Alexander Hutcheson writes of another important large ancient monument in the vicinity. He states this is 'practically within the area of the Goors,' but does not directly identify the site. He describes the Stone Circle of Invergowrie as follows:

The Invergowrie Circle measures about 40 feet in diameter. It consists of nine stones, with a tenth one not set up in the circle with the others; it may be the sole survivor of a inner circle, or it may have been moved out of place in 1856, when the circle was explored. Only one stone remains upright, and that is about 5 feet high. One of the recumbent stones has a hollow on its upper surface, and is known as 'The Deil's Cradle'. (Hutcheson 1927, p. 13).
   This circle is obviously not identical with the Balgarthno one, but seems to refer to a site at Mylefield (NO334301). This lies south-west of the Paddock Stane and west of the Dargie Kirk and near the current Dundee-Perth road, just inside Perthshire. It is also significantly close to the supposed Roman marching camp in the area. Unfortunately the site no longer exists. Strangely a modern archaeological evaluation of the vicinity of Mylnefield House (Cachart 2009) has not found any ancient remains. Yet there is corroboration published in 1911 that the stone circle here did exist, albeit with a different count of the stones there: 'The location at Mylnefield was eliptical in form, and consisted of six large boulders—three at the east, three at the west, with a gap between capable of containing an equal number of stones' (Elliot 1911, p. 204). What happened to this large archaeological site remains a mystery.
   Beyone the prehistoric and Roman periods, this vicinity remained significant into the Early Medieval era. In a previous article I wrote about the significance of the location of the Dargie kirk at Invergowrie. The ancient church  is reputed to stand on the site of a foundation made by a saint possibly called Curetán or Boniface who was associated with the 8th century Northumbrian Roman mission to the land of the Picts. (That original post can be read here.) There was a Roman camp nearby and also possibly a Pictish power centre. Invergowrie stands on the border of the modern counties of Angus and Perthshire, and more precisely the districts of Gowrie and Angus. The church was on the left hand of the Invergowrie Burn, Gowrie side, and the later settlement of Invergowrie was within Angus on the east side of the burn. It is likely that this represents the ancient frontier between two Pictish provinces. Borders were places of some significance to ancient peoples in these islands. Treaties were often agreed at the intersection of tribal zones and there may have been a ritual significance to such places.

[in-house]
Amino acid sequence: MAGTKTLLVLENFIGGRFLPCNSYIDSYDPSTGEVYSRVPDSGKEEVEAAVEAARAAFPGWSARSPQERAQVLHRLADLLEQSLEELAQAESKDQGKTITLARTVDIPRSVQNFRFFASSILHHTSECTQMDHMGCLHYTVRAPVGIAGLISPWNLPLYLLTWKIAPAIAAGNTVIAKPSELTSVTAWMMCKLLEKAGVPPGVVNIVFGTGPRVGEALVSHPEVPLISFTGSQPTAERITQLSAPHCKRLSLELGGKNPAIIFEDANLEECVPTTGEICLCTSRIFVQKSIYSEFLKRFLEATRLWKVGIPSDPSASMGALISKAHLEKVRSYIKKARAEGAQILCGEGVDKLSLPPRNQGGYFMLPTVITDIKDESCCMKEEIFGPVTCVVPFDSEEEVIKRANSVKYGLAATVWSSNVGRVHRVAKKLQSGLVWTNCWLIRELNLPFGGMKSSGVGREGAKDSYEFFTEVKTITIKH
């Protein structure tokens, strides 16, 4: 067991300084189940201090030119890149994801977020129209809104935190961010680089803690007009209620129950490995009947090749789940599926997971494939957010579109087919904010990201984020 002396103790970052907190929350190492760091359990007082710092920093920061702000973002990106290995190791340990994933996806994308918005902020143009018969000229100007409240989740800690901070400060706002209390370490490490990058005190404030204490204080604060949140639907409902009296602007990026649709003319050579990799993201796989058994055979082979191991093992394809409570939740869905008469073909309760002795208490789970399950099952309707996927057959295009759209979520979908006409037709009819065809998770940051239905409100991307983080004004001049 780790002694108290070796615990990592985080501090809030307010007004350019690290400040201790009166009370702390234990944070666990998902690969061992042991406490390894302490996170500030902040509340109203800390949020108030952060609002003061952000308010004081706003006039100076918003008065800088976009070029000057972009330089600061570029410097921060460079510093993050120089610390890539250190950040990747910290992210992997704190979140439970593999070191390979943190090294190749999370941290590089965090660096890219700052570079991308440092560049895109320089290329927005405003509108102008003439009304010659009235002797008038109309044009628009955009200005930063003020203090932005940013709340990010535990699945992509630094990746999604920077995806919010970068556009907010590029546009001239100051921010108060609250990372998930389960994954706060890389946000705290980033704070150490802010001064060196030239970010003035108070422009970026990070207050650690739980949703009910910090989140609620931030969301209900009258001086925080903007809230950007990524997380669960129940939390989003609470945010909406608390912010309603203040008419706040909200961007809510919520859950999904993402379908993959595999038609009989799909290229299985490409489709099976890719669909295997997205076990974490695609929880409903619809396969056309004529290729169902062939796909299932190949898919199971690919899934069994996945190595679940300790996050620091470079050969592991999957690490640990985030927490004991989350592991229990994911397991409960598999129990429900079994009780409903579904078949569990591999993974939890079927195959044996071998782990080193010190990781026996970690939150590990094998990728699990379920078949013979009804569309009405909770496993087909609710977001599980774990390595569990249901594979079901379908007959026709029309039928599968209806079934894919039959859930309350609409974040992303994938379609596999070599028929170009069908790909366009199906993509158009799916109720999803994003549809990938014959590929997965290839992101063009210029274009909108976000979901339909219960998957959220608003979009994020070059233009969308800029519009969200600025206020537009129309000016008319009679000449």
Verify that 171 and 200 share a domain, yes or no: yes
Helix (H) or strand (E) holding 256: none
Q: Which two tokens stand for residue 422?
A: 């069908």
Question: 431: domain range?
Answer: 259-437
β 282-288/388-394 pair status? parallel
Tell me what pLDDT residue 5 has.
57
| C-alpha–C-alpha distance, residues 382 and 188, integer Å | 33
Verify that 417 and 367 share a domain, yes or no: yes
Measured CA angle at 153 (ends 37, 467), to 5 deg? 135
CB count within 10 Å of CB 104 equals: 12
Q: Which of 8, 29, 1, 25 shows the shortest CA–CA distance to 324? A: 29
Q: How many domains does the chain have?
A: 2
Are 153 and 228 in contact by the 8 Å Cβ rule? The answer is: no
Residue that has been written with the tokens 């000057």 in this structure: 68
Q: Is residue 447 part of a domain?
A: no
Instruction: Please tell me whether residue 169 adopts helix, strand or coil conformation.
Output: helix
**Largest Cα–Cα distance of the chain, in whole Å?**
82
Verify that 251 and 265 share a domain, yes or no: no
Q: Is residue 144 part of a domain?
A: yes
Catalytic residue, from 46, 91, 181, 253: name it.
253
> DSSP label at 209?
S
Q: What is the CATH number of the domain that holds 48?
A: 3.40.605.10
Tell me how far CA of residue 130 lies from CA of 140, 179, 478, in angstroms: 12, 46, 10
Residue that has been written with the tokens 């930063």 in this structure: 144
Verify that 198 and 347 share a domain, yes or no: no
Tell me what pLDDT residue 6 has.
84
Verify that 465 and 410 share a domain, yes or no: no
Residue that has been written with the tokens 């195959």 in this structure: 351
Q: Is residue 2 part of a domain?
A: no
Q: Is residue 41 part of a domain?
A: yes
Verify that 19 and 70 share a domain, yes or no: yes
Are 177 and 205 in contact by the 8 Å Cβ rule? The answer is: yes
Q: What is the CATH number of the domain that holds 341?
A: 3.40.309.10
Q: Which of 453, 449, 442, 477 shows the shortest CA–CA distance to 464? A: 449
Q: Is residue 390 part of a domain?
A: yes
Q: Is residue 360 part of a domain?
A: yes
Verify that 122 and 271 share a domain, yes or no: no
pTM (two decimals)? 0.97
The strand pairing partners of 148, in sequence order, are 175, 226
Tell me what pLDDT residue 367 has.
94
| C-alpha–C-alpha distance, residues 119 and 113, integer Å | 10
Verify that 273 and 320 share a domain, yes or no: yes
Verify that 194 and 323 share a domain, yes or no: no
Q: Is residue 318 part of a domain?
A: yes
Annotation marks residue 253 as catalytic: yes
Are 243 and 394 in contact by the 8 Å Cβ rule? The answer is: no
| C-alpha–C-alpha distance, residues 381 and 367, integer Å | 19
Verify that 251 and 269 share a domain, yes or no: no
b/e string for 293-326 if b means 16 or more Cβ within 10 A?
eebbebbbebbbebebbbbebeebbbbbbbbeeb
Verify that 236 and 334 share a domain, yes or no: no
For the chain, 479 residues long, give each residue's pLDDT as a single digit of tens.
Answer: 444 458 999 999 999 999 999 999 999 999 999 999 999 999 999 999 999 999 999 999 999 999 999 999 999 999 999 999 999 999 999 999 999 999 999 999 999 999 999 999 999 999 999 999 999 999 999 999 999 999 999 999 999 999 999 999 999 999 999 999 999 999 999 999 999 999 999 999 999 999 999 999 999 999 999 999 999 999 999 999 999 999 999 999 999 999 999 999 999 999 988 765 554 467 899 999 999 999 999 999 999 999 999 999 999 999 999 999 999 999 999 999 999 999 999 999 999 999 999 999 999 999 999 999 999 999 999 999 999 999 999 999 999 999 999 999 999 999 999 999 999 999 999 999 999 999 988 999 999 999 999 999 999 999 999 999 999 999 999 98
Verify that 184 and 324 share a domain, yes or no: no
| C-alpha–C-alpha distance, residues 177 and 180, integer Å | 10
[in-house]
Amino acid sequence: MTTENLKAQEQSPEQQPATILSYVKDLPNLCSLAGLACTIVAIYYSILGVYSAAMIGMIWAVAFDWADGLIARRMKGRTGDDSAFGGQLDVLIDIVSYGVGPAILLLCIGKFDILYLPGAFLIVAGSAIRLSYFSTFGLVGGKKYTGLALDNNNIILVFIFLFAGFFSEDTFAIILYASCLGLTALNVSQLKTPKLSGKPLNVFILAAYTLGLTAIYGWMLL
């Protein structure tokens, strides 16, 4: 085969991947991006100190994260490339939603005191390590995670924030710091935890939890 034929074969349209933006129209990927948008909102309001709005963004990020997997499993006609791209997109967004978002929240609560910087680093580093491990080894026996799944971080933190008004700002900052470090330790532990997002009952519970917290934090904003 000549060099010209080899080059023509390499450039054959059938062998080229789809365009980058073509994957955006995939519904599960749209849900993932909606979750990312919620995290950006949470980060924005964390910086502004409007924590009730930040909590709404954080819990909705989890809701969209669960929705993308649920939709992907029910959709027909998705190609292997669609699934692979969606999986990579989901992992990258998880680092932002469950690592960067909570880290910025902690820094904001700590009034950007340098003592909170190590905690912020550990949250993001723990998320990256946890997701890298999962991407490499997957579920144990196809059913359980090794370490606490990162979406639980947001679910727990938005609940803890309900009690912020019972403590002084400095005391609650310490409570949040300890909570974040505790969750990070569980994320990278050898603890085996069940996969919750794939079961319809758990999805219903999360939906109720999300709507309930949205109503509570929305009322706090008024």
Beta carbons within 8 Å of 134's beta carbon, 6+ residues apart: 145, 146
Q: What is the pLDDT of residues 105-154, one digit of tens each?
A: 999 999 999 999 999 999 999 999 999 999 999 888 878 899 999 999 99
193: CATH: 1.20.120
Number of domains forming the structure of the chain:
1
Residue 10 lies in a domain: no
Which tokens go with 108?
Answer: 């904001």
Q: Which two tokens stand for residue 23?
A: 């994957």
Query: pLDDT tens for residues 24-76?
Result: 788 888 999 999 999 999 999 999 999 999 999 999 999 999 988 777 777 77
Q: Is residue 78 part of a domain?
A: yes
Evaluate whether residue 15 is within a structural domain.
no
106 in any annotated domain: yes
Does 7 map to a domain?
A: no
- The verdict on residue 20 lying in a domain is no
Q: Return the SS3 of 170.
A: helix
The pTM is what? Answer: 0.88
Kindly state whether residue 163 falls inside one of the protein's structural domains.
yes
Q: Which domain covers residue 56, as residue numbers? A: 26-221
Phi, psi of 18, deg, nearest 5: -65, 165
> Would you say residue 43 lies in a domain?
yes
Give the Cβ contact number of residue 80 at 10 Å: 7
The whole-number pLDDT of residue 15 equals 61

There were Pictish stones erected at Dargie/Invergowrie itself and also prominently at Benvie, the Angus parish to the north-west. The Invergowrie area has also shown evidence of souterrains and there is early medieval archaeology persent in the shape of square barrow crop marks and long cist burials.

The Names of the Stones

   There is no definitive agreement about what the Invergowrie Bay stones are called. The following phonetically similar terms are used: The Goors, Gows, Yowes, Ewes. The latter two names, Scots and English synonyms, may suggest that there was a belief that the two river stones were transformed animals and this may also be linked with the notion that the boulders were capable of movement. The words goor and gow are less easy to comprehend. Goor has connotations of slime or dirt according to the Dictionary of The  Scottish Language (, which may accord with their location in the shallows of Invergowrie Bay. None of the various meanings of gow would seem remotely applicable to a large boulder. There is a possibility that the name mundanely comes from the Scots version of the word gull because the rocks were frequented by those seabirds (First Report by the Committee on Boulders,1871-72, p. 17), but this seems rather unsatisfactory.